Hong Kong has experienced an average annual growth in final energy consumption of 4.7 per cent over the last ten years. An initiative being undertaken by a small number of government and commercial organisations is to limit their own consumption of electricity through performance contracting. Performance contracting is essentially a partnering process, where a client organisation partners with an energy management firm to identify and achieve energy savings for the client organisation. The research undertaken for this project has identified a number of factors that are considered to affect the success of performance contracting in Hong Kong. In a survey of practitioners, who have experience of performance contracting, some of the key benefits of this approach identified include the fact that there are substantial energy cost savings to be made. These savings are guaranteed by the partnering energy saving company and there are overall improved operational and plant efficiency gains. Key requirements for the success of such schemes include the setting-up of an agreed energy baseline against which to measure results and human factors such as commitment to the enterprise at all levels of the organisation and trust between the co-operating organisations. The paper expands the discussion on the benefits, obstacles and necessary ingredients for performance contracting that are likely to be applicable not just to Hong Kong but to the successful implementation of any such scheme.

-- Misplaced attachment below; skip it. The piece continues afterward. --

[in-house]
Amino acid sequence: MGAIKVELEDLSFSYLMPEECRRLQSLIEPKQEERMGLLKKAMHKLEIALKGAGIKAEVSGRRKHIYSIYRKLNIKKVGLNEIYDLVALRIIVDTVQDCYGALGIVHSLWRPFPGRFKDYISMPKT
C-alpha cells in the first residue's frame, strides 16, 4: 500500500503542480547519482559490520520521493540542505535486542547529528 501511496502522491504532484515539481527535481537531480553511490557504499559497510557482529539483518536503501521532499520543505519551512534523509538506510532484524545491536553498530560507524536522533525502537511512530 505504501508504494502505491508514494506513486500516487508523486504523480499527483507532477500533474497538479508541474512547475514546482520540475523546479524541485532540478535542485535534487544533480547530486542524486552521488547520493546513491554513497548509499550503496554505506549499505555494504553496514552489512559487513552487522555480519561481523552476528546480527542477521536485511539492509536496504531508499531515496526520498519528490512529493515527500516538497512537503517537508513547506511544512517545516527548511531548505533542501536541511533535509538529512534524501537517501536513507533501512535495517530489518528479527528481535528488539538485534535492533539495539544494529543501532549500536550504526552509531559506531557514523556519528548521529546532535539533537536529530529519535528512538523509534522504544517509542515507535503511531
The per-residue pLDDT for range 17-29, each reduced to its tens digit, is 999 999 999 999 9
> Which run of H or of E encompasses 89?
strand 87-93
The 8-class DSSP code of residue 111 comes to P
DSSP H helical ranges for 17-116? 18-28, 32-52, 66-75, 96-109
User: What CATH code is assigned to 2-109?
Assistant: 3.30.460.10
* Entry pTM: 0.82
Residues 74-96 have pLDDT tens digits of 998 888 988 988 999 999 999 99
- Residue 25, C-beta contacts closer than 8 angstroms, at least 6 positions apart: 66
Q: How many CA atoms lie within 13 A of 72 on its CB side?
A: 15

Field of Research
129999 Built Environment and Design not elsewhere classified
Socio Economic Objective
970112 Expanding Knowledge in Built Environment and Design
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